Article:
Picture the scene: a gentle English summer's day, 13 men in white on a village green and the sound of leather on willow. Then a man in an orange wig runs on to the field and bludgeons the batsman with a huge inflatable orange hand. Cricket has been Tango'd.
The image is not so far- fetched. To the horror of many a retired colonel, English cricket has hired the advertising agency responsible for the Tango ads to update the image of the game and make it appeal to a younger generation.
HHCL & Partners, who have swept every award in the advertising industry with weird and wonderful work for Tango, made a name for themselves as the saviours of outdated products. From Martini to Pot Noodles the agency has rescued the image of the unfashionable, the naff and the dull, so they should be perfect for cricket.
"There are some perceptions that aren't helpful in attracting a new and younger audience to the game," says Richard Masters of the ECB, who admits the game is seen as old-fashioned and class-ridden. "We want to blow away a few of those traditional images to make it more of a current game to younger audiences. We want to give it more general, positive values. HHCL has done this for other brands and cricket is no different."
If traditionalists are likely to be shocked by the description of cricket as a brand they will have to wait until the summer to see what HHCL comes up with to "reposition" that brand. A pounds 1m campaign will start this summer and run through to the Cricket World Cup in 1999. The ECB hopes the World Cup, when teams will play in coloured clothes for the first time in England, will do for it what Euro 96 did for football.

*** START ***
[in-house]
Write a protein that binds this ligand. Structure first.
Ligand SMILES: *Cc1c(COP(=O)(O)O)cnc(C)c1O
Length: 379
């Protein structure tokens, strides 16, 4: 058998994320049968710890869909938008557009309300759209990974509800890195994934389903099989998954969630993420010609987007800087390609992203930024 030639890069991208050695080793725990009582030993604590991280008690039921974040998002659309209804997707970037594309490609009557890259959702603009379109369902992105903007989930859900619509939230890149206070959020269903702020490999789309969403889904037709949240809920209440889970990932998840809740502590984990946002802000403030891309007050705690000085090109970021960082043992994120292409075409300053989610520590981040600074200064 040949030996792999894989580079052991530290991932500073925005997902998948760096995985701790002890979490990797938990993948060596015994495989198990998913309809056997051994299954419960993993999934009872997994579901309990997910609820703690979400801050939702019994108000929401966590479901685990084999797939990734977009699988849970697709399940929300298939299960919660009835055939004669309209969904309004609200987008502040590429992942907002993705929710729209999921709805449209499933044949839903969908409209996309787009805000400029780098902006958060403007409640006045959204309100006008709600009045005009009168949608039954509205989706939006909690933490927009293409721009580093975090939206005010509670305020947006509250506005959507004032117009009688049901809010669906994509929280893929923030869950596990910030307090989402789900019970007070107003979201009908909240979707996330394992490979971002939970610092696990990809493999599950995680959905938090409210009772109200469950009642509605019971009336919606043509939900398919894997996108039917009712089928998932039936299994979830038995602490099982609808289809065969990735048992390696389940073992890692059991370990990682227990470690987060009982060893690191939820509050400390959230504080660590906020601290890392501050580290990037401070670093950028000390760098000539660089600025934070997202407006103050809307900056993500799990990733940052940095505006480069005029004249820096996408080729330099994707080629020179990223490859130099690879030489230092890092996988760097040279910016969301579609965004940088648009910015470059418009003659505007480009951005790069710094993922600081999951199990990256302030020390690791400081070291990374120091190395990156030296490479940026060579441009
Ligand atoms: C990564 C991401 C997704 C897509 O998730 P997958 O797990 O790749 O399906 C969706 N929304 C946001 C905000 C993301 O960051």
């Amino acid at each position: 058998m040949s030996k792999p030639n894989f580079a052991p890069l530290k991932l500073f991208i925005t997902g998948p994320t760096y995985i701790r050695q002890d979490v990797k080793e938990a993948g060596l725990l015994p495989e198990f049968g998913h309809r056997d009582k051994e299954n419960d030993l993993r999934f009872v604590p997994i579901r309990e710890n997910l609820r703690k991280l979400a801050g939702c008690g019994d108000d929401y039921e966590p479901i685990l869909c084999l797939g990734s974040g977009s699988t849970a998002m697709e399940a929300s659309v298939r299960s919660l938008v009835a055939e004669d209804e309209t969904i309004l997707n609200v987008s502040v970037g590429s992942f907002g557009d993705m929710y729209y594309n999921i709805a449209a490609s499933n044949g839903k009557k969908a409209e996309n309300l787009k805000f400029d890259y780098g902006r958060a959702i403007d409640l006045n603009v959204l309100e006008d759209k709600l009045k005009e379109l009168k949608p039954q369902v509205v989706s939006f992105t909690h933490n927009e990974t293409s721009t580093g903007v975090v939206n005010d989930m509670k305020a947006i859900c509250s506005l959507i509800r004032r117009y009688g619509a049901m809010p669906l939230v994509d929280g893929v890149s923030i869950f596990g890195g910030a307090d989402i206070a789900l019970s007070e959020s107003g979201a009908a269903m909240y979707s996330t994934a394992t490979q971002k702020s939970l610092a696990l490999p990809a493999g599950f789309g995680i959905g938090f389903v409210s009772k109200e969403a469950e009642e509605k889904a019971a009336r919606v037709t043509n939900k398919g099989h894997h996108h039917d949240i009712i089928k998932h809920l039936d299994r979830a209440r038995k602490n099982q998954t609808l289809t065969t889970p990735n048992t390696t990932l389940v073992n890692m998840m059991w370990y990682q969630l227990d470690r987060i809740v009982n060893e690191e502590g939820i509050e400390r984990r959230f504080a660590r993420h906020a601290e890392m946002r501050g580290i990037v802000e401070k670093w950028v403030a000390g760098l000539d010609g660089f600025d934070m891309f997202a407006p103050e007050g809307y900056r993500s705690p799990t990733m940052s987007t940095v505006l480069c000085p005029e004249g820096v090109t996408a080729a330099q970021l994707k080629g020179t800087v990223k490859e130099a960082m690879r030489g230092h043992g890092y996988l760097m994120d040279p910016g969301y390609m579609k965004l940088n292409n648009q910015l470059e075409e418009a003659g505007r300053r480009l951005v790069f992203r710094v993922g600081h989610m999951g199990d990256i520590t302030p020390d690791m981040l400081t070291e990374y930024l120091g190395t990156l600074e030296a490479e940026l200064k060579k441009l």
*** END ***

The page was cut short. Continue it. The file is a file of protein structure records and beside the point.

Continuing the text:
More optimistically, the ECB hopes the World Cup and HHCL's advertising can turn around the perception that the game is run by upper-class twits: "We want it to build confidence in the sport and in its administration and in the way that it is run. Euro 96 achieved lots for the Football Association and we want to do a similar job for cricket."
The ECB needs to revamp cricket's image, so that it can sell 500,000 tickets for the World Cup, when 12 teams, including less glamorous sides like Scotland and Kenya, will play 42 matches around the country in May and June.Reuse content